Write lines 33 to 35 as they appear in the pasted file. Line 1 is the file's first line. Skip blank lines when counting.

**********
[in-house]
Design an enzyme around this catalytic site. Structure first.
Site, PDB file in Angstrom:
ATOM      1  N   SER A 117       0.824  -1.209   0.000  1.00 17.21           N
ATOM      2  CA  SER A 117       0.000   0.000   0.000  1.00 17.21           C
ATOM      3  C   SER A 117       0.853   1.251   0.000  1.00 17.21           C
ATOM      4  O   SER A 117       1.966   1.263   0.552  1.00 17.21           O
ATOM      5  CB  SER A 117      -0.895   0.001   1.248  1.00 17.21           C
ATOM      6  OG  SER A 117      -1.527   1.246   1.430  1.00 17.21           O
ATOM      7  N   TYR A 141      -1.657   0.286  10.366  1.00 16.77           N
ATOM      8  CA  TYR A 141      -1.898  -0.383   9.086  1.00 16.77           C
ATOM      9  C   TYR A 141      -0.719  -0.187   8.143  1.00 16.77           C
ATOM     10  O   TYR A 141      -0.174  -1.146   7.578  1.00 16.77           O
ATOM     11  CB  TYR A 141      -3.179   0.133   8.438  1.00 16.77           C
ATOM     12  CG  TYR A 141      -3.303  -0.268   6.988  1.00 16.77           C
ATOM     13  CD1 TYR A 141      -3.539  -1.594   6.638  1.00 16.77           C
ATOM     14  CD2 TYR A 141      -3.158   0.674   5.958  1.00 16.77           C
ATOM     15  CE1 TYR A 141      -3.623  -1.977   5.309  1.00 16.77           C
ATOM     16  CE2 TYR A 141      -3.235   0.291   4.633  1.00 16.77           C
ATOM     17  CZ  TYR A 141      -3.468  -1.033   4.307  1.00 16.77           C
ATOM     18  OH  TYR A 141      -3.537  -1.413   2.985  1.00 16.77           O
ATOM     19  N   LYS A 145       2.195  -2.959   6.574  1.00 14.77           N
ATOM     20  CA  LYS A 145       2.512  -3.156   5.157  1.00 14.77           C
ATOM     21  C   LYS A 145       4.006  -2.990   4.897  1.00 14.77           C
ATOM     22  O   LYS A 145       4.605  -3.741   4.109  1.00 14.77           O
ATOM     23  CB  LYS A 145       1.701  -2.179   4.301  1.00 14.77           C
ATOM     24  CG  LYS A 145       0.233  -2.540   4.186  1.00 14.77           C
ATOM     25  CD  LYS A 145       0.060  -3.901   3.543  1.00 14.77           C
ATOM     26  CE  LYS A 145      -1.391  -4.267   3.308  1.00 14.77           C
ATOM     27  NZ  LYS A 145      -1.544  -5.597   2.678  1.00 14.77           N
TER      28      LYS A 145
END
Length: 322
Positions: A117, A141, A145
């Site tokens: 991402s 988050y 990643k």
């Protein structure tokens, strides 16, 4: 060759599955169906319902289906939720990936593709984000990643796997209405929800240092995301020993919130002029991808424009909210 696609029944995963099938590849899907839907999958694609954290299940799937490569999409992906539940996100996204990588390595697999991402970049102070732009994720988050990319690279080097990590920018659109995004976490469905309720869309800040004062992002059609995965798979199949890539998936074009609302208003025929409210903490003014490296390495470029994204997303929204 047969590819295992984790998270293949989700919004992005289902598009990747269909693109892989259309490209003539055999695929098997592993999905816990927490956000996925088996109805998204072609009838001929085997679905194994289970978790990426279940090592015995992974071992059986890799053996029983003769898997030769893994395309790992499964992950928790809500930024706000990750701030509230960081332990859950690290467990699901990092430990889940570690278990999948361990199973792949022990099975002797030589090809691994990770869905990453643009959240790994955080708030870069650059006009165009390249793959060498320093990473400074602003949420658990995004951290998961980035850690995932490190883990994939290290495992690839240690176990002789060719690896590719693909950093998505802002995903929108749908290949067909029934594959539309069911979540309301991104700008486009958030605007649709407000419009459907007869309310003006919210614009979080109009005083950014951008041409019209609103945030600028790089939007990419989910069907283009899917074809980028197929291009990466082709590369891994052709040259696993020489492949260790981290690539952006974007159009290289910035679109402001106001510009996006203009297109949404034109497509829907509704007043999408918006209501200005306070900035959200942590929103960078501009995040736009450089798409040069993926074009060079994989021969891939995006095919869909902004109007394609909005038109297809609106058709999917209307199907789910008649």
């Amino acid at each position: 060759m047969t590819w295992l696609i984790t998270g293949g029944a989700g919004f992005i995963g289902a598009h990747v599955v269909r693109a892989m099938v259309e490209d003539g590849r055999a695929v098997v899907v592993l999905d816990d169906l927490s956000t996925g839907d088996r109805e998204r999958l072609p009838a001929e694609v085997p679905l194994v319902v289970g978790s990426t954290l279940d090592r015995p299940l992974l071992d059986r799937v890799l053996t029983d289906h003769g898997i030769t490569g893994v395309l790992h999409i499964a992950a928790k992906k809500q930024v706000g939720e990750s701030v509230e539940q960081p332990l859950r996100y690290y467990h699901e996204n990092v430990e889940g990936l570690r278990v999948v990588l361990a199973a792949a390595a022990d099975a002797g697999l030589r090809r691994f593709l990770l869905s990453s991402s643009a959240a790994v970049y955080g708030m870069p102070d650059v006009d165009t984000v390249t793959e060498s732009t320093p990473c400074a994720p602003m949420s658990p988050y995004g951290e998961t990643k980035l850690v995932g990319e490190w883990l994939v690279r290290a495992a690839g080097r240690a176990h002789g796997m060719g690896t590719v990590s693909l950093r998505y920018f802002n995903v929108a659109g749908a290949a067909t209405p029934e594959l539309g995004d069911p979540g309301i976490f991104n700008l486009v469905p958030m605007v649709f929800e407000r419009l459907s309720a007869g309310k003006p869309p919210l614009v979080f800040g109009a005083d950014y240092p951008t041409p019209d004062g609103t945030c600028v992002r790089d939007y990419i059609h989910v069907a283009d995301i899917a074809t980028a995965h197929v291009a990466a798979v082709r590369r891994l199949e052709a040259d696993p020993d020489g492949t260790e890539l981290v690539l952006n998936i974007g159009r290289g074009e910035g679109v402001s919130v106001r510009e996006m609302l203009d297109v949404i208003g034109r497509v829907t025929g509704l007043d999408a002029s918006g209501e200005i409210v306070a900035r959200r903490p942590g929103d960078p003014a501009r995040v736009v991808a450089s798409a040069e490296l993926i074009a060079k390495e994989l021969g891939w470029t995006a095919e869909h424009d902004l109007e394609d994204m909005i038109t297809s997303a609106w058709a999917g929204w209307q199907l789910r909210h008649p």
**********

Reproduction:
Length: 322
Positions: A117, A141, A145
């Site tokens: 991402s 988050y 990643k």